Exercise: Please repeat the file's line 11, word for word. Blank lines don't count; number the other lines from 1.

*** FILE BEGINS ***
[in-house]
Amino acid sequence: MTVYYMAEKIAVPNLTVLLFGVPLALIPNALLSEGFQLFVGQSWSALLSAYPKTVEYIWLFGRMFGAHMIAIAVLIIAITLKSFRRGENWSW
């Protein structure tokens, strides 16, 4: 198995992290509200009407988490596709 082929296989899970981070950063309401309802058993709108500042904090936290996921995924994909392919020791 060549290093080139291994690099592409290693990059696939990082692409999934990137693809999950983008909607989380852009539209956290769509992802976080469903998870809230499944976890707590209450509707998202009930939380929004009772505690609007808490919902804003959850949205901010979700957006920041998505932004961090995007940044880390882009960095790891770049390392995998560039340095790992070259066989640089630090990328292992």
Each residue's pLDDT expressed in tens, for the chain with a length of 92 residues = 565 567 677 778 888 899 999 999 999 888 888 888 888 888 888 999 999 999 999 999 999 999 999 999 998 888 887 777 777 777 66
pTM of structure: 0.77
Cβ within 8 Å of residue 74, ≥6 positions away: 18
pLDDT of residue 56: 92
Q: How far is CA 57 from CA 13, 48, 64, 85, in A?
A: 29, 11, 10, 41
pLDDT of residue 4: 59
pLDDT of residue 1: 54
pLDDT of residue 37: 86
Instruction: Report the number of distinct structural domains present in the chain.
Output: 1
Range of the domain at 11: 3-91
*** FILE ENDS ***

pLDDT of residue 1: 54